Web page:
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In In re Kaufman, the Appellate Division was asked to determine whether the Surrogate’s Court erred in suspending the letters of co-executors without an evidentiary hearing.

When a testator makes a will, it is their last opportunity to let the world know what they want to happen to their property once they pass away.  Testators can also choose to nominate an executor who would be responsible for managing their estate.

Wills are legally enforceable documents, and courts have a duty to uphold their terms.  Thus, whenever the court is asked to make a ruling that would circumvent the wishes of a testator, they make sure that there is a very good reason to do so supported by clear evidence.

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In In re Steward the court considered whether the Surrogate’s Court erred in denying a motion to suspend co-administrators where the co-administrators were unable to get along.

SCPA § 711 describes the circumstances under which a court can  revoke letters of administration:

  • Wasted assets. The court has the authority to suspend an administrator if the administrator has wasted estate assets by mismanaging estate property, making illegal investments, by misapplying estate assets, or by otherwise injuring estate property.
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In In re Scott the Surrogate’s Court of Bronx County considered whether to extend preliminary letters testamentary over objections.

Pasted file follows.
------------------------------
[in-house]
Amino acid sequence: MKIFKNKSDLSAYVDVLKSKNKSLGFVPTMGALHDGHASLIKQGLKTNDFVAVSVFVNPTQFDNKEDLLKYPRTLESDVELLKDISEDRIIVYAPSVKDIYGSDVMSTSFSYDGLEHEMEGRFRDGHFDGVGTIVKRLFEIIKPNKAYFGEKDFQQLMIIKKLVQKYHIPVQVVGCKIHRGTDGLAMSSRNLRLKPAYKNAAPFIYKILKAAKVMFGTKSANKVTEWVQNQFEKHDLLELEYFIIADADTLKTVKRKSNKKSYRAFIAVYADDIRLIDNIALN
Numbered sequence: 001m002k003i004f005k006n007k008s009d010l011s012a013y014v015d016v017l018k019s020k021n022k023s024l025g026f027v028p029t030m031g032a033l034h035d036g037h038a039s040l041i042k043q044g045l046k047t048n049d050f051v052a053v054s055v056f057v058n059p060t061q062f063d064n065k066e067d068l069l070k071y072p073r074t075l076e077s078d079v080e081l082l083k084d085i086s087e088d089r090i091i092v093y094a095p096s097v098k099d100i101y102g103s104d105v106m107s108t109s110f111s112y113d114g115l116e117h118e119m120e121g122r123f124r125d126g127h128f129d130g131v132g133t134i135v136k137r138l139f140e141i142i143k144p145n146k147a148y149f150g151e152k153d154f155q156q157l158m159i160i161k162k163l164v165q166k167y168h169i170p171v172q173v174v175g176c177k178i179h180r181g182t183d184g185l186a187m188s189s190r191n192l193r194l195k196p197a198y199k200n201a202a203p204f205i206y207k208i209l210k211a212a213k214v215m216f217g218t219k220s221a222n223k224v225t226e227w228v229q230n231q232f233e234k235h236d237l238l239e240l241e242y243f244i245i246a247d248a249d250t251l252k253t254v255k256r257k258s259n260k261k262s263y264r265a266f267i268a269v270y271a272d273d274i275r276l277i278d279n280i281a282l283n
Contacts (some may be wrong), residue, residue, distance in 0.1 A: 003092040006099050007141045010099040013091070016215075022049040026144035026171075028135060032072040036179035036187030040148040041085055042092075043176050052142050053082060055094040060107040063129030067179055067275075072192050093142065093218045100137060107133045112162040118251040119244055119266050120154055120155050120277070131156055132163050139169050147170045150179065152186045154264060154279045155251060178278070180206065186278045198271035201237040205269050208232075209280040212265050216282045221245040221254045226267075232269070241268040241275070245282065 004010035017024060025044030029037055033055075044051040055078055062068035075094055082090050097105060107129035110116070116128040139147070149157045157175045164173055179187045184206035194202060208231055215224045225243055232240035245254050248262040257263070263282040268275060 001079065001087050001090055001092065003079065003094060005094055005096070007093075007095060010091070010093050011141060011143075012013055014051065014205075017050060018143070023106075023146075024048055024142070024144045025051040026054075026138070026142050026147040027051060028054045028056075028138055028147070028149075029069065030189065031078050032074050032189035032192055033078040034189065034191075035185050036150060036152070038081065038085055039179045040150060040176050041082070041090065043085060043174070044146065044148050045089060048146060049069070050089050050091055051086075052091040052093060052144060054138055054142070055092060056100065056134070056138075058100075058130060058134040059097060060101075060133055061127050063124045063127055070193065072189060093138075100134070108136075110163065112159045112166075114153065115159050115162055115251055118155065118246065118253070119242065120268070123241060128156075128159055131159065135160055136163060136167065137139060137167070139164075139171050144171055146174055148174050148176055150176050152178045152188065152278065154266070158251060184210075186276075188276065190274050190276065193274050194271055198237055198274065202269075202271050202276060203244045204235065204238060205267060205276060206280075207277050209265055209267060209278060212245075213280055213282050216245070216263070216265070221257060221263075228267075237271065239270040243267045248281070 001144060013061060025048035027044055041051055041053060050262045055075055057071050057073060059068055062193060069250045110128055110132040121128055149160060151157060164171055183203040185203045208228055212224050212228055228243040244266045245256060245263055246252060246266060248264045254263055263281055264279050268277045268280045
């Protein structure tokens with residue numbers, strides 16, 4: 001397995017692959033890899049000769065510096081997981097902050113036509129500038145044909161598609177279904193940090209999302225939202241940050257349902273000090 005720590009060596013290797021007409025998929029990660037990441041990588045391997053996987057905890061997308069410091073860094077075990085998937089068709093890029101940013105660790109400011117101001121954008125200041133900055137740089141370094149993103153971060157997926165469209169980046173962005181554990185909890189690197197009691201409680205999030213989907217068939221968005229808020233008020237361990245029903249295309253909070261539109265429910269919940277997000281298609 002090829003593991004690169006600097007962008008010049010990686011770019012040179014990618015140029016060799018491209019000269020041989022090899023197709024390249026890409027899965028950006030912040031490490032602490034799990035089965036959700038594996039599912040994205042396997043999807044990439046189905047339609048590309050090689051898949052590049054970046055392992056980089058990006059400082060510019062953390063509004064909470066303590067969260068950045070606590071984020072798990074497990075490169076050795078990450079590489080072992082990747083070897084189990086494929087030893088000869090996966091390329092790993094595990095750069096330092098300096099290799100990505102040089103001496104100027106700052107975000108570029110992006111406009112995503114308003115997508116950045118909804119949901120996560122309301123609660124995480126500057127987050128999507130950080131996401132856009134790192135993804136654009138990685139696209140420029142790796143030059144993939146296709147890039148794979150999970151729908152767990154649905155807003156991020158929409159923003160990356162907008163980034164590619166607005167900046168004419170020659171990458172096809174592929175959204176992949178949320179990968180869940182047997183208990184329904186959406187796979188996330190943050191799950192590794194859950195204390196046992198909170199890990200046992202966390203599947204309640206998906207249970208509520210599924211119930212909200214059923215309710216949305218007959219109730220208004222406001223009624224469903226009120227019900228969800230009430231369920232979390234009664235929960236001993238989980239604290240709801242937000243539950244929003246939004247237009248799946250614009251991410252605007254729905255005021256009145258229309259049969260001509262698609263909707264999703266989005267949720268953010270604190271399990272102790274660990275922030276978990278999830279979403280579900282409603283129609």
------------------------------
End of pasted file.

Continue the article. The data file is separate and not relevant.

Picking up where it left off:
The petitioner, the decedent’s step daughter, was nominated in the decedent’s December 21, 2019 will to serve as the executor. The decedent died on January 30, 2020.  On July 31, 2020, the court issued an order granting preliminary letters testamentary to the petitioner.

“Letters” are an order issued by the Surrogate’s Court that gives an administrator legal authority to manage the estate of a decedent.  Typically they are issued an the beginning of a probate case when the will is admitted to probate. Preliminary letters are temporary letters that typically expire after six months.  They are issued to an executor nominated in a will that gives them limited authority when there is some sort of delay in the probate proceedings.  In this case, the delay related to an unresolved jurisdictional issue.

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In In re Lewner, the Surrogate’s Court of New York County was asked to revoke the authority of the administrator of an estate on the grounds that he had not been fulfilling his fiduciary responsibilities.

The decedent died on May 19, 2016 leaving an estate with a value of over $8,000,000.  The estate had an income of over $3,000,000 from its real estate holdings.  Preliminary letters testamentary were issued to respondent on June 10, 2016.

In his petition to revoke the respondent’s preliminary letters, the petitioner alleged that the respondent was unfit to serve as an administrator as demonstrated by numerous instances in which he failed to perform his fiduciary duties. SCPA § 711.  As an example, the petitioner described how in the more than four since the decedent’s death, the respondent failed to file estate tax returns, the decedent’s final income tax return, and the fiduciary income tax returns for the estate. As a result, the estate is exposed to significant interest and penalties.  In addition, the court’s records showed that the respondent failed to perform his duties as administrator including filing an inventory as required by  22 NYCRR § 207.20.